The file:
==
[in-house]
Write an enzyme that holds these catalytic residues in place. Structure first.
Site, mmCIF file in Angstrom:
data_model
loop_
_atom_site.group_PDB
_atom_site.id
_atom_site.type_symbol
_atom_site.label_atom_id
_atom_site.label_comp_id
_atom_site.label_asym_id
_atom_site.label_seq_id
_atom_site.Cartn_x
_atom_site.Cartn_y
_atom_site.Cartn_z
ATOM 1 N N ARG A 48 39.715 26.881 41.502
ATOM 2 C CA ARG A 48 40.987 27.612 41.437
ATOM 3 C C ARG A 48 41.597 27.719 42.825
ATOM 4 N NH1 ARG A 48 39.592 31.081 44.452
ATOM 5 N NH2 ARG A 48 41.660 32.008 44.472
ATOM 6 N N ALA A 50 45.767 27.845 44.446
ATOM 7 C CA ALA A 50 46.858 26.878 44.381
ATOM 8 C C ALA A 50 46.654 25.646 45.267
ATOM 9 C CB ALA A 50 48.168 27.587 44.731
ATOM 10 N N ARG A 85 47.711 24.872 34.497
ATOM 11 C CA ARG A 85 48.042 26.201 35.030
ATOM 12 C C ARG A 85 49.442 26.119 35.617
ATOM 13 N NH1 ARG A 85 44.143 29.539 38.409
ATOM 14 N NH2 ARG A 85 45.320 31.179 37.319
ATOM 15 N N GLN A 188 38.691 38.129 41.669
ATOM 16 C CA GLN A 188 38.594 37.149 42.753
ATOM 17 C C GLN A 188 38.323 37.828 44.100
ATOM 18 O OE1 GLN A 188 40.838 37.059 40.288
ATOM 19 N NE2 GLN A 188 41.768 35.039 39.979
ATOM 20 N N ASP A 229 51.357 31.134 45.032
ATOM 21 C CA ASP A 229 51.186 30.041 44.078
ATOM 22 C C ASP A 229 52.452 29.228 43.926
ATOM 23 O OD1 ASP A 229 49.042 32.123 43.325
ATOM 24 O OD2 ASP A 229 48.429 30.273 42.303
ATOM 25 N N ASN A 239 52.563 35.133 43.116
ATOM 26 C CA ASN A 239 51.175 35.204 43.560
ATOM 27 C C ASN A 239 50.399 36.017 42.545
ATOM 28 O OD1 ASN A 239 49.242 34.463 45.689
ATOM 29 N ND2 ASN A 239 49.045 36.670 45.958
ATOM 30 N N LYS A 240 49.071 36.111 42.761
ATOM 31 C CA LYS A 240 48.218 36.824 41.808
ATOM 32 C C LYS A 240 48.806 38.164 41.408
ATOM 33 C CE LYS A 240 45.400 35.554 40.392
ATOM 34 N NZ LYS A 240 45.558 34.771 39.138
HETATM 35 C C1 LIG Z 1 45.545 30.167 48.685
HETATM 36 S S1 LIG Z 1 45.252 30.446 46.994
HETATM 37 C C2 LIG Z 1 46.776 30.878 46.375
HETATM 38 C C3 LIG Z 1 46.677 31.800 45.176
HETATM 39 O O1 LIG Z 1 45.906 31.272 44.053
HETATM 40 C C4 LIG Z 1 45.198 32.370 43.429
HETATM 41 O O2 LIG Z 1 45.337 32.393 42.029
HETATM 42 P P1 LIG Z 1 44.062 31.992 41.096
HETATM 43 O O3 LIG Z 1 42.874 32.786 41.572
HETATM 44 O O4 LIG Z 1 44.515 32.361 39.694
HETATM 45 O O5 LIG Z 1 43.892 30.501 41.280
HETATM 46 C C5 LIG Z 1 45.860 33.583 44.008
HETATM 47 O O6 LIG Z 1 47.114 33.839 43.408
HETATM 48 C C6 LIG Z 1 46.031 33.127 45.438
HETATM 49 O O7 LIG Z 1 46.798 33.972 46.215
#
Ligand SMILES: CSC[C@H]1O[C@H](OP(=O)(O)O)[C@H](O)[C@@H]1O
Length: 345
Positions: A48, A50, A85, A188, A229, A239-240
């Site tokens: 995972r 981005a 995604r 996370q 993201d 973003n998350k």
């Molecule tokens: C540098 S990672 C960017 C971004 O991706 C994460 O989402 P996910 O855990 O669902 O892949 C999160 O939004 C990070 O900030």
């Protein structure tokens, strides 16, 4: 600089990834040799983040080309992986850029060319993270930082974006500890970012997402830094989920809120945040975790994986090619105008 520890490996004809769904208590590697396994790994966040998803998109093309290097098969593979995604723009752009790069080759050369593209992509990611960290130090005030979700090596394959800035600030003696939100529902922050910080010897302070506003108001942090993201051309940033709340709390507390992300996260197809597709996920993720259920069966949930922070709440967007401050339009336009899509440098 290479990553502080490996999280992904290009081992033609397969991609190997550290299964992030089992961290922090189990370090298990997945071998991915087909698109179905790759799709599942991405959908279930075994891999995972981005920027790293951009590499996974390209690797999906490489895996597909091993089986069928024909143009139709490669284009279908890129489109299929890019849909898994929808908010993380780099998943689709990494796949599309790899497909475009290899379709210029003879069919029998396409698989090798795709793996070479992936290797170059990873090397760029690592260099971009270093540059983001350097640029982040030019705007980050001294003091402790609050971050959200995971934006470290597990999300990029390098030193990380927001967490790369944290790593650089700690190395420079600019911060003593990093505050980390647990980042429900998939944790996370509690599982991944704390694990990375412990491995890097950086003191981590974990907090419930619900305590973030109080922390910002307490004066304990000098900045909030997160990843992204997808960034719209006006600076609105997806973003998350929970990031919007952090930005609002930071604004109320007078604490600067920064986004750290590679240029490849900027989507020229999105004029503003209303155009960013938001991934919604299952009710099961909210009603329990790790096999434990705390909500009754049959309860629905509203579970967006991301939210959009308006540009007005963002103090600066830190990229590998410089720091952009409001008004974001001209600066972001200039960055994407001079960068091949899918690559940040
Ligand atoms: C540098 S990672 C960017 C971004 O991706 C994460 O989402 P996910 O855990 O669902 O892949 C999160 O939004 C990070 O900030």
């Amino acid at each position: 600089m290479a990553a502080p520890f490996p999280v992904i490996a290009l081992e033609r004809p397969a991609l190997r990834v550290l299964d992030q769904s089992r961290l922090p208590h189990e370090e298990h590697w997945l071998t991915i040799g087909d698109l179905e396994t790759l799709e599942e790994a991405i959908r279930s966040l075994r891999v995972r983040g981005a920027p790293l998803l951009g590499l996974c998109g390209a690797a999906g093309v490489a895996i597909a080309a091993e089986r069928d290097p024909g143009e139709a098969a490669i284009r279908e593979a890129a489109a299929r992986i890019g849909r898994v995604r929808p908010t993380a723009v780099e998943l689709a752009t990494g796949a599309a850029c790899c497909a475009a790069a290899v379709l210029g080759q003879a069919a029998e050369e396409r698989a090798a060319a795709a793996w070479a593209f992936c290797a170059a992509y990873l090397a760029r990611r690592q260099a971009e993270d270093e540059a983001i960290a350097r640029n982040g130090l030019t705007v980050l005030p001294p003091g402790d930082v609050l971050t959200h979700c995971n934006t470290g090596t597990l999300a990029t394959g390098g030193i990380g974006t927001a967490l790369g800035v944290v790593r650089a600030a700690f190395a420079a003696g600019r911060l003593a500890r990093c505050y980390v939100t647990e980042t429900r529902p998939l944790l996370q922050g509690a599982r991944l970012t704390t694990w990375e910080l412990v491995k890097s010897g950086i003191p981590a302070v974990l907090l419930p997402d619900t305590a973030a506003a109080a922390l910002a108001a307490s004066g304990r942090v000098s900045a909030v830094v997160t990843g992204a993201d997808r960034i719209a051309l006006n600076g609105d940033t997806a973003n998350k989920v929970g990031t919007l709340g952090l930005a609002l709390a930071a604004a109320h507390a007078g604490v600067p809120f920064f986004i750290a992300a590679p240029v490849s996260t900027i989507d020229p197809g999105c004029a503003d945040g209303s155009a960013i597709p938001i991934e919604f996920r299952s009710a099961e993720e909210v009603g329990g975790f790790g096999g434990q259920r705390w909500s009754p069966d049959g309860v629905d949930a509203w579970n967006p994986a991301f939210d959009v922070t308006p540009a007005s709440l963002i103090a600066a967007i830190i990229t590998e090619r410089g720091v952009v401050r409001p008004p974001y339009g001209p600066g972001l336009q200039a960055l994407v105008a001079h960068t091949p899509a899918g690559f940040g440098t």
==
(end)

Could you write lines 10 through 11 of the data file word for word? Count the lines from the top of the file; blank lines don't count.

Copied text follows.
_atom_site.label_comp_id
_atom_site.label_asym_id